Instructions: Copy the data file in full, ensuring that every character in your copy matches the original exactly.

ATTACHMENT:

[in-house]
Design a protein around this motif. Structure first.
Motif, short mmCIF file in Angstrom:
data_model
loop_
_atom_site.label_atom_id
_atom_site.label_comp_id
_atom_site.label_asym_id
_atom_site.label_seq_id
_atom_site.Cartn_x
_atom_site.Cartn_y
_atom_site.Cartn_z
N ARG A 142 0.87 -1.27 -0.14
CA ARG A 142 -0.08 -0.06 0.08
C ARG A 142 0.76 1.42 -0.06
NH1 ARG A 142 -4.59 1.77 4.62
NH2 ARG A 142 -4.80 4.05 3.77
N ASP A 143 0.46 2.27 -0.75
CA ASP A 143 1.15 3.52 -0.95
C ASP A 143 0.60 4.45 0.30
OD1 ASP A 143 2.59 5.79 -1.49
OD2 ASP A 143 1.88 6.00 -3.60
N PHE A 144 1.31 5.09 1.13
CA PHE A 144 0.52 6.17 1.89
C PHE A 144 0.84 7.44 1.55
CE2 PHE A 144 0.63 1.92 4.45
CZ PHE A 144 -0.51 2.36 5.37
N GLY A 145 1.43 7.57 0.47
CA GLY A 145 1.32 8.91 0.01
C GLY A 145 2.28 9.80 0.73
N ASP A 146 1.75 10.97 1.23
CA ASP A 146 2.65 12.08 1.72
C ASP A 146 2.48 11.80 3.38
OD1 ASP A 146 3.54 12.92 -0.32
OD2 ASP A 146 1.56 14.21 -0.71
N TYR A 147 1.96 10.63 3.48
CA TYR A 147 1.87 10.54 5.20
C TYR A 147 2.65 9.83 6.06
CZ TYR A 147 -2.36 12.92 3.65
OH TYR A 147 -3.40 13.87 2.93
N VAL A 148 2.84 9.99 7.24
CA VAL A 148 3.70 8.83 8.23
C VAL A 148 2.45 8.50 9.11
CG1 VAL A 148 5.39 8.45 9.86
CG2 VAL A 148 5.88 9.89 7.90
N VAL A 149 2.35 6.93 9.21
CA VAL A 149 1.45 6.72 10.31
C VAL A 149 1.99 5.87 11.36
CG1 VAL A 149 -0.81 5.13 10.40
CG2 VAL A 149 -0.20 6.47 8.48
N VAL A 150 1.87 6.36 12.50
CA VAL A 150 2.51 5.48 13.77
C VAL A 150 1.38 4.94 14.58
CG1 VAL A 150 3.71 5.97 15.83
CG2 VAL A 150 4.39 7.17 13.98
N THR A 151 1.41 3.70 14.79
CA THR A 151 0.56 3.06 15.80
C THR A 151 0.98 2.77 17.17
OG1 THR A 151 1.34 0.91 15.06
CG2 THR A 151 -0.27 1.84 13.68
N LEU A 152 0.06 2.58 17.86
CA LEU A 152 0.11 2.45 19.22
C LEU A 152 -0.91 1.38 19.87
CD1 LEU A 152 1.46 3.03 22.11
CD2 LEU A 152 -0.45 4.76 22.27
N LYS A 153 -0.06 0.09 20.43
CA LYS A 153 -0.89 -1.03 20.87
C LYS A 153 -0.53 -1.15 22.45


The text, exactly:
[in-house]
Design a protein around this motif. Structure first.
Motif, short mmCIF file in Angstrom:
data_model
loop_
_atom_site.label_atom_id
_atom_site.label_comp_id
_atom_site.label_asym_id
_atom_site.label_seq_id
_atom_site.Cartn_x
_atom_site.Cartn_y
_atom_site.Cartn_z
N ARG A 142 0.87 -1.27 -0.14
CA ARG A 142 -0.08 -0.06 0.08
C ARG A 142 0.76 1.42 -0.06
NH1 ARG A 142 -4.59 1.77 4.62
NH2 ARG A 142 -4.80 4.05 3.77
N ASP A 143 0.46 2.27 -0.75
CA ASP A 143 1.15 3.52 -0.95
C ASP A 143 0.60 4.45 0.30
OD1 ASP A 143 2.59 5.79 -1.49
OD2 ASP A 143 1.88 6.00 -3.60
N PHE A 144 1.31 5.09 1.13
CA PHE A 144 0.52 6.17 1.89
C PHE A 144 0.84 7.44 1.55
CE2 PHE A 144 0.63 1.92 4.45
CZ PHE A 144 -0.51 2.36 5.37
N GLY A 145 1.43 7.57 0.47
CA GLY A 145 1.32 8.91 0.01
C GLY A 145 2.28 9.80 0.73
N ASP A 146 1.75 10.97 1.23
CA ASP A 146 2.65 12.08 1.72
C ASP A 146 2.48 11.80 3.38
OD1 ASP A 146 3.54 12.92 -0.32
OD2 ASP A 146 1.56 14.21 -0.71
N TYR A 147 1.96 10.63 3.48
CA TYR A 147 1.87 10.54 5.20
C TYR A 147 2.65 9.83 6.06
CZ TYR A 147 -2.36 12.92 3.65
OH TYR A 147 -3.40 13.87 2.93
N VAL A 148 2.84 9.99 7.24
CA VAL A 148 3.70 8.83 8.23
C VAL A 148 2.45 8.50 9.11
CG1 VAL A 148 5.39 8.45 9.86
CG2 VAL A 148 5.88 9.89 7.90
N VAL A 149 2.35 6.93 9.21
CA VAL A 149 1.45 6.72 10.31
C VAL A 149 1.99 5.87 11.36
CG1 VAL A 149 -0.81 5.13 10.40
CG2 VAL A 149 -0.20 6.47 8.48
N VAL A 150 1.87 6.36 12.50
CA VAL A 150 2.51 5.48 13.77
C VAL A 150 1.38 4.94 14.58
CG1 VAL A 150 3.71 5.97 15.83
CG2 VAL A 150 4.39 7.17 13.98
N THR A 151 1.41 3.70 14.79
CA THR A 151 0.56 3.06 15.80
C THR A 151 0.98 2.77 17.17
OG1 THR A 151 1.34 0.91 15.06
CG2 THR A 151 -0.27 1.84 13.68
N LEU A 152 0.06 2.58 17.86
CA LEU A 152 0.11 2.45 19.22
C LEU A 152 -0.91 1.38 19.87
CD1 LEU A 152 1.46 3.03 22.11
CD2 LEU A 152 -0.45 4.76 22.27
N LYS A 153 -0.06 0.09 20.43
CA LYS A 153 -0.89 -1.03 20.87
C LYS A 153 -0.53 -1.15 22.45